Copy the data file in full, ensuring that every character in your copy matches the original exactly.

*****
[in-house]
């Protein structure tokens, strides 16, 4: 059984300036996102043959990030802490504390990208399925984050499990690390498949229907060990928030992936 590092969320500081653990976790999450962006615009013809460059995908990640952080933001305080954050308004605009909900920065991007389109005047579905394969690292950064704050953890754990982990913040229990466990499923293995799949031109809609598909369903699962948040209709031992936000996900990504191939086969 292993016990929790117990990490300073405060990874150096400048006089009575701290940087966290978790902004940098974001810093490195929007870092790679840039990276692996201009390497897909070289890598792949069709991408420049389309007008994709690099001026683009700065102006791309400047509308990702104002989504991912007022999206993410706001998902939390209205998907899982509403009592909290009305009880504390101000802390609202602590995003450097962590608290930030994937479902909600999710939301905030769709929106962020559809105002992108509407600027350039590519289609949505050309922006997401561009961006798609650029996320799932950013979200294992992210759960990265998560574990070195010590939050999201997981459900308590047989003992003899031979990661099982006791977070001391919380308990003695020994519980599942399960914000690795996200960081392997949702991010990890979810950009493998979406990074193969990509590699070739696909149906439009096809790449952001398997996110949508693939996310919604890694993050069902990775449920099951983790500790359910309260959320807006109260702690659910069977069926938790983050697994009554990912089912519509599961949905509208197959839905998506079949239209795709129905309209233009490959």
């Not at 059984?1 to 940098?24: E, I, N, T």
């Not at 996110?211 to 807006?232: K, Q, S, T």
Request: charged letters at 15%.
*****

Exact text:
[in-house]
């Protein structure tokens, strides 16, 4: 059984300036996102043959990030802490504390990208399925984050499990690390498949229907060990928030992936 590092969320500081653990976790999450962006615009013809460059995908990640952080933001305080954050308004605009909900920065991007389109005047579905394969690292950064704050953890754990982990913040229990466990499923293995799949031109809609598909369903699962948040209709031992936000996900990504191939086969 292993016990929790117990990490300073405060990874150096400048006089009575701290940087966290978790902004940098974001810093490195929007870092790679840039990276692996201009390497897909070289890598792949069709991408420049389309007008994709690099001026683009700065102006791309400047509308990702104002989504991912007022999206993410706001998902939390209205998907899982509403009592909290009305009880504390101000802390609202602590995003450097962590608290930030994937479902909600999710939301905030769709929106962020559809105002992108509407600027350039590519289609949505050309922006997401561009961006798609650029996320799932950013979200294992992210759960990265998560574990070195010590939050999201997981459900308590047989003992003899031979990661099982006791977070001391919380308990003695020994519980599942399960914000690795996200960081392997949702991010990890979810950009493998979406990074193969990509590699070739696909149906439009096809790449952001398997996110949508693939996310919604890694993050069902990775449920099951983790500790359910309260959320807006109260702690659910069977069926938790983050697994009554990912089912519509599961949905509208197959839905998506079949239209795709129905309209233009490959």
């Not at 059984?1 to 940098?24: E, I, N, T």
């Not at 996110?211 to 807006?232: K, Q, S, T």
Request: charged letters at 15%.